New Orleans has rightfully earned its spot as one of the culinary epicenters of the southeastern USA.
There are as many restaurants as there are rich stories and legendary music venues in this city. It’s almost impossible not to discover your new favorite meal in its many neighborhoods. Traditional dishes keep getting better while new international influences push flavors to new heights. Dynamic chefs, creative mixologists and trailblazing innovators – there’s a story and a character behind every dish in New Orleans.
The Original Charbroiled Oyster
By the time the lunch crowd starts to gather, the open-air kitchen at Drago’s Seafood Restaurant is already in full-swing. Drago’s famous charbroiled oysters are cooking on the open flame as the bivalves are doused with a concoction of butter, garlic, pepper, oregano, Parmesan and Romano cheeses, and flat-leaf parsley. Patrons making their way to their seats stop by for a peek. Sometimes they even catch Tommy Cvitanovich, general manager, behind the grill. Equal parts showman and kitchen whiz, Cvitanovich is happy to discuss the merits of the original charbroiled oyster in town, which happens to be his very own creation. Freshly shucked oysters expertly broiled with the perfect topping are a must-eat, but there are other fun dishes on the menu worth adding to your order: Seafood lovers should try the delectable barbecue shrimp, while the more adventurous might crave the tasty blackened alligator tacos.
Cooking the legendary charbroiled oysters over an open flame at Drago’s
Craft Cocktails, from Classic to Cool
Grabbing a drink before or after dinner makes perfect sense in New Orleans, birthplace of the cocktail. Head to Freret Street, an up-and-coming thoroughfare in the Uptown neighborhood. It’s lined with coffee shops, indie stores and plenty of stylish, offbeat eateries and bars, including Cure, winner of the 2018 James Beard Award for Outstanding Cocktail Program. Naturally, it’s a popular happy hour spot. There’s a champagne punch on offer during happy hour that is delightfully boozy and bubbly – but the craft cocktails are the main highlight inside this renovated fire station turned trendy bar. Ceiling high bar shelves are lined with bottles of spirits waiting to be transformed. Behind the bar, mixologists whip up rye whiskey Sazeracs and blackberry liqueur-infused Brambles with expert precision. Try the ruby-red Gunshop Fizz and be delighted by how the strawberries, simple syrup and citrus offset the Peychaud bitters. Or, sip an updated Mardi Gras classic, the Ojen Frappe, a fancy pink concoction resembling a snow cone tipped into a glass. There’s also a selection of bar tapas, such as Nonna’s meatballs, white bean bruschetta and smoked trout dip, to pair with your drinks. It will be hard to decide what you like best: the chic vibe or the extraordinary cocktails. Of course, after one slow satisfying sip, you’ll know the answer.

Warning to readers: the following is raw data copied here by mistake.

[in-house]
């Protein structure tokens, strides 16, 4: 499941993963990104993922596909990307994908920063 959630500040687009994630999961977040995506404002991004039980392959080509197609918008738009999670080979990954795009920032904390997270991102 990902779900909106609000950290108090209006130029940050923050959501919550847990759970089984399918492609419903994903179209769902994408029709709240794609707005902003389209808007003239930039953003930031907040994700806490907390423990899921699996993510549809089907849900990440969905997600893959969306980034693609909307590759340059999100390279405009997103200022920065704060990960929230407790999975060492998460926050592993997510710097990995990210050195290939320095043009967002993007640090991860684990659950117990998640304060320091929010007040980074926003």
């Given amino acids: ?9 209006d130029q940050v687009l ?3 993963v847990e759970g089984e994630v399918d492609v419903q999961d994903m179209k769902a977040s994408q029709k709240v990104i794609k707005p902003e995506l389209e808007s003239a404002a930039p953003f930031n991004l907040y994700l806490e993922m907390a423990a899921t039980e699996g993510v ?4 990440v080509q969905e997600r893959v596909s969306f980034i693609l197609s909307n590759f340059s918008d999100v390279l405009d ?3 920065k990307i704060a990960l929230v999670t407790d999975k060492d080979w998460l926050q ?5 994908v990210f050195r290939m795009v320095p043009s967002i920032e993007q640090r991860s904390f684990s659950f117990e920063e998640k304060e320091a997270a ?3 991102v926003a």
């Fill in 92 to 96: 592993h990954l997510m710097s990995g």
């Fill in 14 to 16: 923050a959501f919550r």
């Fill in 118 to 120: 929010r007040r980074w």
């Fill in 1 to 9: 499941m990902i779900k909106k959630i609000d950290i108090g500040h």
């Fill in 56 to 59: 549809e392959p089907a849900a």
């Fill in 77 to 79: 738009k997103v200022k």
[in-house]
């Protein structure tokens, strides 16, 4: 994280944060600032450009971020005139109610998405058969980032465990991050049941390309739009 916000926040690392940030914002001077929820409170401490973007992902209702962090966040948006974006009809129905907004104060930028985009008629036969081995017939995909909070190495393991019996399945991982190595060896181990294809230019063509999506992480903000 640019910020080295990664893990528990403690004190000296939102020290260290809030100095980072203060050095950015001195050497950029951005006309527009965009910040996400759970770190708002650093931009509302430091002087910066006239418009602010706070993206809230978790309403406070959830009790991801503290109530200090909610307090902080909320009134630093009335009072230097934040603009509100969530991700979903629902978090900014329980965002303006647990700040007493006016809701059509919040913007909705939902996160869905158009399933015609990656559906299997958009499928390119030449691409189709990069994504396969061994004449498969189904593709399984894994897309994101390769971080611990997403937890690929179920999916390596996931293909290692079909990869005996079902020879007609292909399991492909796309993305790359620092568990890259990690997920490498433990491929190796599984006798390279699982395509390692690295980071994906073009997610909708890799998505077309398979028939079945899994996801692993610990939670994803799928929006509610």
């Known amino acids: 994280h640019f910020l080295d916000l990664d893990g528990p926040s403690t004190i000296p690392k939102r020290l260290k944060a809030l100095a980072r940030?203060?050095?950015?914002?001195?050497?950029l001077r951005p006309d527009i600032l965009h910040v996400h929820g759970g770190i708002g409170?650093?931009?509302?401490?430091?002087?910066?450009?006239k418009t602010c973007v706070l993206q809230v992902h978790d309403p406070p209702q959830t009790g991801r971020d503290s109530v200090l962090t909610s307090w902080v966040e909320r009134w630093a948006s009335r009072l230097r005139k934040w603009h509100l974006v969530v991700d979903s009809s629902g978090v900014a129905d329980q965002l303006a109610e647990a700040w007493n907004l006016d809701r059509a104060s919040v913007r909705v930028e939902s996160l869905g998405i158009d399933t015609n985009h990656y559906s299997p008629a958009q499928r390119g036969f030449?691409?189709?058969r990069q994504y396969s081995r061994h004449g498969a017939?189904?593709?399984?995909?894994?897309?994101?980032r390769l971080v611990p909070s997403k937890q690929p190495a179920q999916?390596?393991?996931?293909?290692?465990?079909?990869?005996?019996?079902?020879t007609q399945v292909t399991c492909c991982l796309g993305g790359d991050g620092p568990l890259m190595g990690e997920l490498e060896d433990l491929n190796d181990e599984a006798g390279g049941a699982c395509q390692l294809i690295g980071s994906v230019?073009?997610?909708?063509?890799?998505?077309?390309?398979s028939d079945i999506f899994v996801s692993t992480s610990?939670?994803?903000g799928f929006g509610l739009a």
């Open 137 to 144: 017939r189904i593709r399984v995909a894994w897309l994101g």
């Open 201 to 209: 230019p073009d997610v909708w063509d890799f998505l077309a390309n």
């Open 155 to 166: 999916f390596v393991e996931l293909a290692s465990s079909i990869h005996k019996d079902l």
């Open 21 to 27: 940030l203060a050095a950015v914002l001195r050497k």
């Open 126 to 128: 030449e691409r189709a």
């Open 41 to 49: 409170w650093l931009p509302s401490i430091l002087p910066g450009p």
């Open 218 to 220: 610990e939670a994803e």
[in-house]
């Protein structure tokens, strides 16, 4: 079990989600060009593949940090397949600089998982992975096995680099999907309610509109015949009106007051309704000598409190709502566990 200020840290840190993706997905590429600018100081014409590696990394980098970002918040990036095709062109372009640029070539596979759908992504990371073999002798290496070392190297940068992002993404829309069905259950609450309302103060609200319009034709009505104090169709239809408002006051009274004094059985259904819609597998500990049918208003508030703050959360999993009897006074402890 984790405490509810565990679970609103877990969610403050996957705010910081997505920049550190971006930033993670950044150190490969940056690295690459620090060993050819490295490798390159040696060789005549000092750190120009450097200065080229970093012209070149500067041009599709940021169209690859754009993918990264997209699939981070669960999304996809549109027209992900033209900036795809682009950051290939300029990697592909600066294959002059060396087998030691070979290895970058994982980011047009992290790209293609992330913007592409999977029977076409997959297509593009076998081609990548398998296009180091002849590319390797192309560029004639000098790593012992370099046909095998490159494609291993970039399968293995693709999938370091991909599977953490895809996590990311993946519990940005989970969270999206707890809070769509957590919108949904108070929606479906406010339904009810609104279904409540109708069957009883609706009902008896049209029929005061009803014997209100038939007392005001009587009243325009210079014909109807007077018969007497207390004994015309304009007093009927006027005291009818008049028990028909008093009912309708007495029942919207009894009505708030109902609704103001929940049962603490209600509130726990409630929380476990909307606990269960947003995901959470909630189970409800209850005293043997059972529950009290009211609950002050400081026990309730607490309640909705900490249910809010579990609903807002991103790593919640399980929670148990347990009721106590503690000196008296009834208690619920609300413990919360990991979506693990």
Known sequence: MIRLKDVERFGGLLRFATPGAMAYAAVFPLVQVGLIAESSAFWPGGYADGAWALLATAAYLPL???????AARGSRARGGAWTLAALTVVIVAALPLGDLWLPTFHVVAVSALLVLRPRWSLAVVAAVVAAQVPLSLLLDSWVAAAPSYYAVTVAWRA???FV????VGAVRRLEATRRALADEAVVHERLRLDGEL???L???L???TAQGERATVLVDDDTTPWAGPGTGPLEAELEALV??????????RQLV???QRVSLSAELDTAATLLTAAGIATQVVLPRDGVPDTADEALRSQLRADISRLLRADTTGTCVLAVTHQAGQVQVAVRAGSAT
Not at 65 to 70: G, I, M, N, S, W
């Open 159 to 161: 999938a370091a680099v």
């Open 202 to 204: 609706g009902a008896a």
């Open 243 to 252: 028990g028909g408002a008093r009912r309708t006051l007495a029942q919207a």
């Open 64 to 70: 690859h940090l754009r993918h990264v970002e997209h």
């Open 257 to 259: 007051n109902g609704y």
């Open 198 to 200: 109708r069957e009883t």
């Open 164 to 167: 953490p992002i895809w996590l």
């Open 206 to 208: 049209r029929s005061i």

A handmade cocktail ready for sipping at Cure
Southeast Asia Meets Louisiana
Located in the Arts/Warehouse District, Maypop is the latest dining experiment from Chef Michael Gulotta, a New Orleans chef who has appeared on the Today Show and Iron Chef. The décor here pairs modern industrial with a dose of Southern warmth. The dining space is sectioned by an enormous two-sided wood mural, giving you a hint at the restaurant’s concept: one side depicts the Mississippi River Delta while the other showcases Vietnam’s Mekong Delta. A New Orleans native, Gulotta reveres his roots while infusing his favorite comfort food, Vietnamese cuisine, into the menu. The result is creative combinations such as crispy fried oysters served with bourbon soy aioli, spicy cucumber and Manchego cheese; and hand-pulled noodles tossed with blue crab and pork sausage. The dishes here transport you from the Louisiana bayou to Southeast Asia in one bite.
Dining at Maypop with the mural representing both Louisiana and Vietnam in the background
Fly into Louis Armstrong International Airport in New Orleans then rent a car, or take a taxi or shuttle into the city.
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